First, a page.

Doc-rating websites reflect too few views
Though many doctors fear that that a few bad online reviews could hurt their reputation, a study published recently in the Journal of Urology finds that most ratings are favorable--but based on reviews by just two or three patients.
"Our findings suggest that consumers should take these ratings with a grain of salt," lead author Chandy Ellimoottil said in a statement.
Researchers from the Loyola University Medical Center studied reviews of 500 urologists--471 males and 29 females--on sites such as Healthgrades.com, Vitals.com, and RateMDs.com. They found nearly 80 percent were rated on one of 10 free physician-review websites, reports PsychCentral. The number of reviews per site ranged from zero to 64, with the average being 2.4.
The researchers found 86 percent of physicians had positive ratings, while 36 percent had highly positive ratings. Rated on a scale from 0 to 1, the median score for male doctors was 0.81 while female doctors were rated 0.82, according to Urology Times.
They also rated written comments on the site, finding 3 percent extremely negative, 22 percent negative, 22 percent neutral, 39 percent positive and 14 percent extremely positive.
"The biggest stumbling block at present for these sites to really be useful for patients is just the very limited number of reviews that exist," Peter Lindenauer of Baystate Medical Center in Springfield, Mass., told Reuters Health. "You need to be aware that these websites are not regulated--there's no verification that the patients were actually patients."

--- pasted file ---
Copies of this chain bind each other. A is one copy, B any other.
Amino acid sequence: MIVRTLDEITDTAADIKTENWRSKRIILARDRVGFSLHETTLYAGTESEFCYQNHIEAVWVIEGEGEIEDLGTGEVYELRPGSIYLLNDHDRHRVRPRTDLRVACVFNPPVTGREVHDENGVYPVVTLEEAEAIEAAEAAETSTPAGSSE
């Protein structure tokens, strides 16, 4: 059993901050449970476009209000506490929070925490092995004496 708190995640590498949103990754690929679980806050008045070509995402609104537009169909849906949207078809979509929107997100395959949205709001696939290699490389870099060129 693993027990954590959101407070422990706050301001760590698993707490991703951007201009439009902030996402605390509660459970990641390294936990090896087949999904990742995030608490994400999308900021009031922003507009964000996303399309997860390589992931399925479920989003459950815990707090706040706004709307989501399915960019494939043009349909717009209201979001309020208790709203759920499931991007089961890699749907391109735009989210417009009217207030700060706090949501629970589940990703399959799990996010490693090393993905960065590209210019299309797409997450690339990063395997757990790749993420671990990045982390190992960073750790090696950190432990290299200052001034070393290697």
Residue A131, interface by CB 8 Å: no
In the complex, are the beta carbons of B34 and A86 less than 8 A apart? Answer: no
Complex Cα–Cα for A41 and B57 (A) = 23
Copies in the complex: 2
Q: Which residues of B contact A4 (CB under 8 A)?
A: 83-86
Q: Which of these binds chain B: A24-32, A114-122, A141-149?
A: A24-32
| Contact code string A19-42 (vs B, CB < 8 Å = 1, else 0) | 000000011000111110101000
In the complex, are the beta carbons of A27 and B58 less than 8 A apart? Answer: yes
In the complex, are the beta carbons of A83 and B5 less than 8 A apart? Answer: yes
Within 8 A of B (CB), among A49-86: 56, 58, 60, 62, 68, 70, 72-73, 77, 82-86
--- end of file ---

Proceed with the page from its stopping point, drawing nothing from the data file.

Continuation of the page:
As patient satisfaction gains importance with Meaningful Use, doc-rating sites are proliferating, including from Consumer Reports, but Lindenauer described the landscape as "a bit of a mess, with a large number of competing sites."
While a study of reviews posted on the website of the British National Health Service linked positive reviews with low death rates, research from the University of California-Davis found higher death rates and higher costs among patients who rated themselves as most satisfied with their doctors. That study, though not based on online reviews, concluded it's not always best to give patients everything they want.
Meanwhile, a study of online physician reviews from the University of California-San Francisco found poor reviews were more likely to stem from complaints about administrative shortcomings, such as inadequate parking, rude staff or excessive wait times than the doctor's care.
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Positive online reviews correlate with low death rates
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